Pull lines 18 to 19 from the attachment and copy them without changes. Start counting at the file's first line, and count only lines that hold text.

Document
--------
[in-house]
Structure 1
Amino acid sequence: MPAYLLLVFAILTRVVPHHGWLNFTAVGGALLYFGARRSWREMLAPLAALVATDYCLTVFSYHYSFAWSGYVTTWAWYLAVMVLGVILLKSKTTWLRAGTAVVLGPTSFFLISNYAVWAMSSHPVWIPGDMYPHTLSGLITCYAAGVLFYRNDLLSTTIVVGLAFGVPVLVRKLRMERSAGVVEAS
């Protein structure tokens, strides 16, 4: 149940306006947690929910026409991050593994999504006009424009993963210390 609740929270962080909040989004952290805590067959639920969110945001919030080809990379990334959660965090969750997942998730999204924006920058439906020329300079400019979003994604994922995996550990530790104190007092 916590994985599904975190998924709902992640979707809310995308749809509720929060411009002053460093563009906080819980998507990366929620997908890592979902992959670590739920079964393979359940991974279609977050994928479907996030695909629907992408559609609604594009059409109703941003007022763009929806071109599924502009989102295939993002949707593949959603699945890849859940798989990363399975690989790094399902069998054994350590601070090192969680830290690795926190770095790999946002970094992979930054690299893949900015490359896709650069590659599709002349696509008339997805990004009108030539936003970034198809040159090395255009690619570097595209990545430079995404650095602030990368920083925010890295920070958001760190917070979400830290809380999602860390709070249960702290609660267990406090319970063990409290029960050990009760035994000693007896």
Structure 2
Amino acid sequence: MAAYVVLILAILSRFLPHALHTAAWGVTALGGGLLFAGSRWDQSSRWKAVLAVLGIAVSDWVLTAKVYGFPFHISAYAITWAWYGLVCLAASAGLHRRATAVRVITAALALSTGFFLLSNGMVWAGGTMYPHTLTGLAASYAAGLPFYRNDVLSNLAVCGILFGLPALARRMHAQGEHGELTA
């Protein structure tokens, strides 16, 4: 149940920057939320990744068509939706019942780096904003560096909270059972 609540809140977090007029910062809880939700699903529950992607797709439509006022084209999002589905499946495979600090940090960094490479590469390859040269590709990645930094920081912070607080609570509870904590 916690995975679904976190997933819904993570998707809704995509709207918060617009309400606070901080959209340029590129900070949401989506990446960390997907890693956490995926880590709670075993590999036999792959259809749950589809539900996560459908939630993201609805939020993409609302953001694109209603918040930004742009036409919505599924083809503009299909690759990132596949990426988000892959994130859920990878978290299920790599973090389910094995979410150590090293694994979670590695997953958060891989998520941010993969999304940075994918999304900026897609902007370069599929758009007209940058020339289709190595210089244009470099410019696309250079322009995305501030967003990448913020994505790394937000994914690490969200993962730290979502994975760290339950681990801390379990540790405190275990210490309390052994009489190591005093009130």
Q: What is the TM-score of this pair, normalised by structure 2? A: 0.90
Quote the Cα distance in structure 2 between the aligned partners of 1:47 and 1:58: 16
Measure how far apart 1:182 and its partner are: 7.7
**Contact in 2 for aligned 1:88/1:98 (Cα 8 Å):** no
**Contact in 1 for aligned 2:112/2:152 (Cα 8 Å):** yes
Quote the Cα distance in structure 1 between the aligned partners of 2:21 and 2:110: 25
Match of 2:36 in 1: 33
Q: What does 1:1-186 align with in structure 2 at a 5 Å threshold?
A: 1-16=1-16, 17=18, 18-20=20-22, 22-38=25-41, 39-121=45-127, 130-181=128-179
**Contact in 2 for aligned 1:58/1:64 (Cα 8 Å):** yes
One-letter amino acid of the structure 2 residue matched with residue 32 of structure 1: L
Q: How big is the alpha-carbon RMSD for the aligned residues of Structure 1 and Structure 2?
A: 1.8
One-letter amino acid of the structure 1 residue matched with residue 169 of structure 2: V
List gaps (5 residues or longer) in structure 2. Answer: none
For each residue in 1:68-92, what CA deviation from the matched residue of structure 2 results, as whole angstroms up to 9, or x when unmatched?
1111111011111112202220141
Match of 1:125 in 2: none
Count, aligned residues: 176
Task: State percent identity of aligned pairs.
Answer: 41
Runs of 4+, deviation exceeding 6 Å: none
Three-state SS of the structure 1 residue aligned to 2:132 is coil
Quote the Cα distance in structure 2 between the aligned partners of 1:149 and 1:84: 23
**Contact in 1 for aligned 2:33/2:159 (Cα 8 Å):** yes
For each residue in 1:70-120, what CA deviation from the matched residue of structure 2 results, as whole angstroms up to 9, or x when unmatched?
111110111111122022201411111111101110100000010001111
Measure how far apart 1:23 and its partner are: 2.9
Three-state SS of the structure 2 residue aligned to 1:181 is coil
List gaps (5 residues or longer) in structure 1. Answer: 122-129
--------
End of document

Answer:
One-letter amino acid of the structure 2 residue matched with residue 32 of structure 1: L
Q: How big is the alpha-carbon RMSD for the aligned residues of Structure 1 and Structure 2?